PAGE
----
Pilgrim’s Promise for Project Portfolio Management

Slalom Consultant Carl Manello

Carl Manello is a Solution Lead for Program & Project Management based in Chicago who enjoys exploring how to tightly couple the art and science of project delivery with business operations.

“[T]hey cultivated industry and frugality at the same time—which is the real foundation of the greatness of the Pilgrims.”
Ulysses S. Grant

In these very trying times, corporations, executives, managers and individual contributors should be looking to attain the same greatness as the Pilgrims: producing results by making smart choices.  That greatness is in fact the underlying goal of many of Slalom’s Service Offerings.  As consultants, we have the opportunity to guide our clients through the unfriendly climate of this economy.  Our Portfolio Management offering is a tool we offer to help guide them.

Slalom consultants bring experience, process, methods and tools that can help our clients do what is right.  But read the prior sentence again for clarity: tools will not be our initial offering when helping a client take the first step towards portfolio management.  A basic starting point is instead to implement a process for determining which projects should be allocated the scarce resources the company has to offer.  What projects are in-process?  Which are waiting in the wings? How can the company make objective choices that ensure the right return?

I often characterize this as the need to “rack and stack” projects, both those underway and those waiting on the launch pad.  If our clients are unable to classify and categorize their initiatives –  hopefully tightly coupled to their strategy – they will be unable to realize long-term success.  And no tool, no matter if it is one of Slalom’s invention or one of the myriad of industry leading off-the-shelf products, will be able move them closer to their goal.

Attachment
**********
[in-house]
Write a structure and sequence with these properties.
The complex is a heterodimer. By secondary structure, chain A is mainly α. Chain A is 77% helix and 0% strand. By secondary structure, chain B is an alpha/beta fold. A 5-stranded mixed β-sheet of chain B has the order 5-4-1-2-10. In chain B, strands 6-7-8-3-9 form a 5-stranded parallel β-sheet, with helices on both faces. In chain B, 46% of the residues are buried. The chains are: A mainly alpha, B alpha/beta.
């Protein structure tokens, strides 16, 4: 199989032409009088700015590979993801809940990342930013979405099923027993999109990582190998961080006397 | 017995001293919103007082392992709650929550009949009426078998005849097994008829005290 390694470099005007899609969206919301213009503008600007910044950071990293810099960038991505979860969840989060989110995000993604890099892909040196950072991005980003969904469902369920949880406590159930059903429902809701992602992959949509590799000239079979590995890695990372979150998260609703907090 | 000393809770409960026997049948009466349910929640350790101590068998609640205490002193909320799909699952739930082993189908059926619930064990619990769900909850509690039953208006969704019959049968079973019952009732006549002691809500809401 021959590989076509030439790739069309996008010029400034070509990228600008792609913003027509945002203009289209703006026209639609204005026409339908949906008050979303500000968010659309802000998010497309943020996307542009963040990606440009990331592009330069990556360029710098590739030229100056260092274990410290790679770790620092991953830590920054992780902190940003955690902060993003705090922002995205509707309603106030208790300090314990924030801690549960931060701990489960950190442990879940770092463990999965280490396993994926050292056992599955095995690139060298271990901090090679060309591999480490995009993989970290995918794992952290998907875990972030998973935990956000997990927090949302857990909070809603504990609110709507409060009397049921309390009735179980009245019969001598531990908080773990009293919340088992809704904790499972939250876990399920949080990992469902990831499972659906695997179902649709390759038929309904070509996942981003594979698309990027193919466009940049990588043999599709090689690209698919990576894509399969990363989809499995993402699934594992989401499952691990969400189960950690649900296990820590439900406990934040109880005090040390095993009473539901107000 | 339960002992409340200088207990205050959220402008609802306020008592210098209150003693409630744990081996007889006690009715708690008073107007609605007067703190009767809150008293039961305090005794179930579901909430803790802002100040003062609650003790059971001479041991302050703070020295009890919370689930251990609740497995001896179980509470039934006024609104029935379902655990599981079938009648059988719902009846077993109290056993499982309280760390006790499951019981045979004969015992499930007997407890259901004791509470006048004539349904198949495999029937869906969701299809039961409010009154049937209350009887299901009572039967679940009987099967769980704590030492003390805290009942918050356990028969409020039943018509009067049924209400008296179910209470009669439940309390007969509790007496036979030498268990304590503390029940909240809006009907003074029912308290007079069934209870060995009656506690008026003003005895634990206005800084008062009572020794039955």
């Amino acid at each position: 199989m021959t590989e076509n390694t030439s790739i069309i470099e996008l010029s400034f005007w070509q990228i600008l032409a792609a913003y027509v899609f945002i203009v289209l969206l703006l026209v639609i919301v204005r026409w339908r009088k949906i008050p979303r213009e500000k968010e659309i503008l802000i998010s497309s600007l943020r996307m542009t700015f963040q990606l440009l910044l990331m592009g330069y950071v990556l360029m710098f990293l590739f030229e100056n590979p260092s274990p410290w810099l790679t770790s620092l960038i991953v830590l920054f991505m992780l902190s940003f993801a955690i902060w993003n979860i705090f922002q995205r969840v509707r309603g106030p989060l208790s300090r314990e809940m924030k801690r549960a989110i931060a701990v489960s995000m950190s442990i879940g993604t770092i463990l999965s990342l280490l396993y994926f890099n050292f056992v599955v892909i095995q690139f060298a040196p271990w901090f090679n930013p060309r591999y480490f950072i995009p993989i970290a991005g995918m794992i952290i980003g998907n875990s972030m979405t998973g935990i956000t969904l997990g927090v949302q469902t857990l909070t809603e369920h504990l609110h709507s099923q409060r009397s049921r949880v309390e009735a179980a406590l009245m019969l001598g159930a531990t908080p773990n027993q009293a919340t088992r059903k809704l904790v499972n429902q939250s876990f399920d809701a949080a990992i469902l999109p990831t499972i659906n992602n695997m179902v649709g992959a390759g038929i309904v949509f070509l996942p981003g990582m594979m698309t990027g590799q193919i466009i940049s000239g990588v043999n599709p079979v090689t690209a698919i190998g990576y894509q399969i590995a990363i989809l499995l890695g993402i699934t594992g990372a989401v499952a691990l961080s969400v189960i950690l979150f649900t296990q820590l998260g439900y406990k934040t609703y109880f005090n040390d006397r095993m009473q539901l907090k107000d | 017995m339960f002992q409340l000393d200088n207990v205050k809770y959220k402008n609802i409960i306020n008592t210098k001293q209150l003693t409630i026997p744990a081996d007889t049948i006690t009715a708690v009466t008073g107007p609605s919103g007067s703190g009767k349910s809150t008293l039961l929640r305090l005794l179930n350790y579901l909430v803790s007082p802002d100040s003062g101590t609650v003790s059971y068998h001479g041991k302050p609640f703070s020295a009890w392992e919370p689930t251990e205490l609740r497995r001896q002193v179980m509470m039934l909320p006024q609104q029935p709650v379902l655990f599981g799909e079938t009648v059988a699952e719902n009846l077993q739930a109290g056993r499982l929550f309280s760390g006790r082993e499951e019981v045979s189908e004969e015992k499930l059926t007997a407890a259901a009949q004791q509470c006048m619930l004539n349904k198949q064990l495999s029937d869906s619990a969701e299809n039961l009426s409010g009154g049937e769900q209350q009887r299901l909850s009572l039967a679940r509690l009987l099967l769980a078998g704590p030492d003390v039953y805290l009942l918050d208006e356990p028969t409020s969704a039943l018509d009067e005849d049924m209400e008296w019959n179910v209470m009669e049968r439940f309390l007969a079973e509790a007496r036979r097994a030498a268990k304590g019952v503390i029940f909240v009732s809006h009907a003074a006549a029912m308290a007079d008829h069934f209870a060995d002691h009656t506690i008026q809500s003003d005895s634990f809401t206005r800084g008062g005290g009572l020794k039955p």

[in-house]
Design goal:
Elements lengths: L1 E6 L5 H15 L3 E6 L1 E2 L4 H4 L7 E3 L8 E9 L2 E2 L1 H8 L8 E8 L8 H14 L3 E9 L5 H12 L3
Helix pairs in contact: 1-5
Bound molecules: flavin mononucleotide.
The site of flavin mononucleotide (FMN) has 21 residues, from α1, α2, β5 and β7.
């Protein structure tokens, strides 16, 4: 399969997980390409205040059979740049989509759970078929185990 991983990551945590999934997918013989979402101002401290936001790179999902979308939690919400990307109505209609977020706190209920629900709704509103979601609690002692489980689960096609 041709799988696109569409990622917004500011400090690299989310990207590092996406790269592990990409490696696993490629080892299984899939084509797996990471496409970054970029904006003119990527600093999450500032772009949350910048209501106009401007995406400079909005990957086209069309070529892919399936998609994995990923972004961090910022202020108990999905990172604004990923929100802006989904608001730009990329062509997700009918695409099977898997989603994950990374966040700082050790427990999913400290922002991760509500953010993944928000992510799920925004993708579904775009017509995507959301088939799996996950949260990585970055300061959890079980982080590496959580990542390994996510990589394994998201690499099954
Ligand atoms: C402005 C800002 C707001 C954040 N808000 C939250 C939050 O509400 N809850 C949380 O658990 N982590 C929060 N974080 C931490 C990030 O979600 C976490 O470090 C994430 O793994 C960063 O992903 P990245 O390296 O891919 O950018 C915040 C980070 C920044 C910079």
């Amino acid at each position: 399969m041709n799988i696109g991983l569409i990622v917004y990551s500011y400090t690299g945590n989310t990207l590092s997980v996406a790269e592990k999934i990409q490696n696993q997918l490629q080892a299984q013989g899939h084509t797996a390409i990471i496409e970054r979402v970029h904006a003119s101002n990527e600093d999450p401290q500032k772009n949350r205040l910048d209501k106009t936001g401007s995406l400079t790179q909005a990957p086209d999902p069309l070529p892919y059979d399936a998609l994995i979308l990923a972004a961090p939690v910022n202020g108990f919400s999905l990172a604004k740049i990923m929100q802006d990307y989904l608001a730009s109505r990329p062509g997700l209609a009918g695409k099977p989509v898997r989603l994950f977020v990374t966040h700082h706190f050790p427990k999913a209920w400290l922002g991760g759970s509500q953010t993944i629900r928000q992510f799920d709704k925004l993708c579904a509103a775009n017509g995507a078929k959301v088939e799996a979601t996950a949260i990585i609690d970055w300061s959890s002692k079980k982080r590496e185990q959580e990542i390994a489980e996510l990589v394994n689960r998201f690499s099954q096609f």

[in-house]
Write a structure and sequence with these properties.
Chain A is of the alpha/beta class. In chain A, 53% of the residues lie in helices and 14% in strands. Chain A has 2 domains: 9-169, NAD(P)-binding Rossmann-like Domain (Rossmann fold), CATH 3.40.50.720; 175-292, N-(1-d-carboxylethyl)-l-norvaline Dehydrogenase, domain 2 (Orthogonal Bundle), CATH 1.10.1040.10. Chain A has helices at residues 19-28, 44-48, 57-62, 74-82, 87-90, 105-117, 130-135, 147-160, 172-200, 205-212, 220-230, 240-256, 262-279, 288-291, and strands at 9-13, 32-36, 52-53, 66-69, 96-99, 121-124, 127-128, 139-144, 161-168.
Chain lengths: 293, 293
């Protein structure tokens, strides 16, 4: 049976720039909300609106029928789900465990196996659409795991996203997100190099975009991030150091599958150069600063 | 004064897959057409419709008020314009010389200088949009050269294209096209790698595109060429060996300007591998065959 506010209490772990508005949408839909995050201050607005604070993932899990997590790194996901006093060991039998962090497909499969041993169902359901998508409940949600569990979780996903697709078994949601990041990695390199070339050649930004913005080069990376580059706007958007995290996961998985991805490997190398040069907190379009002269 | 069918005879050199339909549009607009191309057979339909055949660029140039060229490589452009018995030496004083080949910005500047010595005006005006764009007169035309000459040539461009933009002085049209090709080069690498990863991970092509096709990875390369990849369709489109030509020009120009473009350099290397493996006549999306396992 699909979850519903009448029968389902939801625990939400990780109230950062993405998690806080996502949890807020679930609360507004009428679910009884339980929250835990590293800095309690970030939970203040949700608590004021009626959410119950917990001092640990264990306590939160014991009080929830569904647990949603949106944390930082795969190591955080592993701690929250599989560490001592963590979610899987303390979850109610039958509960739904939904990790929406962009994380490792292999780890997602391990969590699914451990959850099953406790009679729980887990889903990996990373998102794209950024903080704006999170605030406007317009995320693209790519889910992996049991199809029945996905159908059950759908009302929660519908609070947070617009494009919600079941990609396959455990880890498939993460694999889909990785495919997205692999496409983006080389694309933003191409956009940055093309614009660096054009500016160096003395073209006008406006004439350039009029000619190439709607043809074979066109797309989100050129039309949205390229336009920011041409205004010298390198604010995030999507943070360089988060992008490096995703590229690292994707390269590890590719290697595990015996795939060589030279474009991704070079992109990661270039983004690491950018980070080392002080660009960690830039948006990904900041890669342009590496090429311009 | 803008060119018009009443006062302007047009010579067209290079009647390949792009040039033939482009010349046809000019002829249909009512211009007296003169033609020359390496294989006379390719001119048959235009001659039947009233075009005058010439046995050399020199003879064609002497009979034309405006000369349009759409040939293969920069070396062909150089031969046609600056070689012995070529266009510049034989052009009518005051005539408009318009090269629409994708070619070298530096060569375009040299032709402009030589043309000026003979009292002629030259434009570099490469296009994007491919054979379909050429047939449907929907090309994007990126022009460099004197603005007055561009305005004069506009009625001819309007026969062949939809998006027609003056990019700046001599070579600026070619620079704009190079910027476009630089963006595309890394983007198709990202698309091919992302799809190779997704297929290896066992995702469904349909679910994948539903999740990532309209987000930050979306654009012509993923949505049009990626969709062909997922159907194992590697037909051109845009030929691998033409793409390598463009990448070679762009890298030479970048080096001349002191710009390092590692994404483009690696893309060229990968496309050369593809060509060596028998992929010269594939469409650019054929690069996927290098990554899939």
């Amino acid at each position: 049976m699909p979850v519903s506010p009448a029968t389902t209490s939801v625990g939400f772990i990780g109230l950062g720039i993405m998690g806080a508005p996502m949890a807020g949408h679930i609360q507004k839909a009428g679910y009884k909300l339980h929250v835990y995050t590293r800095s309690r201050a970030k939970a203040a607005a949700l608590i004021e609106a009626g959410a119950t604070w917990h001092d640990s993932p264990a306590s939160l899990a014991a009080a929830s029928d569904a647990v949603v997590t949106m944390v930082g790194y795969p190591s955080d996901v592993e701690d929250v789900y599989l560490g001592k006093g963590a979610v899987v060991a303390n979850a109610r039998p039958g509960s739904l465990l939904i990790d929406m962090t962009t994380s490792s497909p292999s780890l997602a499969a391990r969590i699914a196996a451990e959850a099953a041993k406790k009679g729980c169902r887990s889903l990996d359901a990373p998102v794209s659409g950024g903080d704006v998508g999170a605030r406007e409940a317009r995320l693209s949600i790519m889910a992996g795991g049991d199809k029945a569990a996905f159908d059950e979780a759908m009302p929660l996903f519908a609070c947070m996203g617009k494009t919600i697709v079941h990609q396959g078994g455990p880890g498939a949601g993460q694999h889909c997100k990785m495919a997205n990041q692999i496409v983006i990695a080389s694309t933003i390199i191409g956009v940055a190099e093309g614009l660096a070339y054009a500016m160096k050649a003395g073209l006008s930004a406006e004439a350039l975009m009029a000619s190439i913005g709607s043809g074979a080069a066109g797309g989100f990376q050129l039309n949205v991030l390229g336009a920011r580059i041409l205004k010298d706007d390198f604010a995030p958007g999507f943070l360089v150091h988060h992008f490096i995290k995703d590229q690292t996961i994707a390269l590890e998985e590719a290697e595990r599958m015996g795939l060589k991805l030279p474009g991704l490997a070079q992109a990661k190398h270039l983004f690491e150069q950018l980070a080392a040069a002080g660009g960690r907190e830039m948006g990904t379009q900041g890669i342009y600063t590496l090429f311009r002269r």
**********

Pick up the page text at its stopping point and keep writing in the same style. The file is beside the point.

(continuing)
How then to rack and stack?  An enterprise may create many racks upon which to categorize it’s initiatives: strategic, operational, research & development, core functionality, and run-the-business.  There are scores of others possibilities.  The labels are less important that the agreement of leadership on the need for multiple categories by which to classify their operations and desired projects.  Within each of the categories, leadership must also find a method and measure for stacking them in order to define a priority for approval.

Is it better to launch the project that will deliver $1,000,000 in two years for operations, or the six-month R&D initiative that returns just $50,000?  ROI alone cannot determine this decision. The R&D project produces a faster return and will contribute to the growth of the business.  Although it has a lower direct financial return, this project may be funded first, given a process and method that allowed executives to see their opportunities, clearly articulate the decision levers, and provide support for making objective decisions.  When our clients have to make choices like these, Slalom has the opportunity to help them determine HOW to make those choices.

Now that the economy is starting to come off its downturn, Slalom is getting even more opportunities to demonstrate to our clients and prospects that Slalom is just as scrappy as the Pilgrims.  And who knows, maybe a hundred years from now a President will be quoted for his comments about the foundational value of Slalom consultants.

Slalom Consulting Chicago Slalom Consulting's Project and Program Management focus
More about Slalom Consulting’s Chicago office. More about Slalom Consulting’s Project and Program Management focus.

subscribe by emailSubscribe to be emailed about new Project Management posts.

About Carl M. Manello
I am Slalom Consulting's Practice Lead for Delivery Effectiveness. I work to support organizations' capability and delivery maturity -- not just IT organizations -- so that their initiatives run more predictably, efficiently and provide the best results.

Leave a Reply

Fill in your details below or click an icon to log in:

WordPress.com Logo

You are commenting using your WordPress.com account. Log Out /  Change )

Google+ photo

You are commenting using your Google+ account. Log Out /  Change )

Twitter picture

You are commenting using your Twitter account. Log Out /  Change )

Facebook photo

You are commenting using your Facebook account. Log Out /  Change )


Connecting to %s

%d bloggers like this: